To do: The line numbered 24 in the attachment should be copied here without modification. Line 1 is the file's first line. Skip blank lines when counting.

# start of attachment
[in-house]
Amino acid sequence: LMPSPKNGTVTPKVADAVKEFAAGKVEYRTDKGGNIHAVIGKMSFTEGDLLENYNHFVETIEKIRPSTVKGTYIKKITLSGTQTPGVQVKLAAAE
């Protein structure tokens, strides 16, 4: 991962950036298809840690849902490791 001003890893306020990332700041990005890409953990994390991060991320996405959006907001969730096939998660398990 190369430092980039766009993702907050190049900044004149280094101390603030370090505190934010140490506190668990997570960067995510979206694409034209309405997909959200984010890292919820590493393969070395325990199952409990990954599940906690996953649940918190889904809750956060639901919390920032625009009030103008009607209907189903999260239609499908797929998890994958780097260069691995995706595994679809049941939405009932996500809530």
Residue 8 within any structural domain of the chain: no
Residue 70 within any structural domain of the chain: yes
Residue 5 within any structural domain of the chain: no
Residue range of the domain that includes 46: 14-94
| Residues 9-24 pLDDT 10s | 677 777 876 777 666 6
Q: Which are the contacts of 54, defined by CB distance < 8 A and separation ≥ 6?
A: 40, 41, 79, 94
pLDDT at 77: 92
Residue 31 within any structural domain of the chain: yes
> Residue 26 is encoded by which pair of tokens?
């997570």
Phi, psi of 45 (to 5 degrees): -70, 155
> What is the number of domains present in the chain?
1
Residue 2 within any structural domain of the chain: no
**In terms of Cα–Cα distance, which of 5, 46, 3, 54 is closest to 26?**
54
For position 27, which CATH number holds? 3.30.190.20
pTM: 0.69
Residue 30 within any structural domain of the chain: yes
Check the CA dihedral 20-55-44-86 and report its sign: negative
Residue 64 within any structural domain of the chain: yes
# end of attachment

Check the CA dihedral 20-55-44-86 and report its sign: negative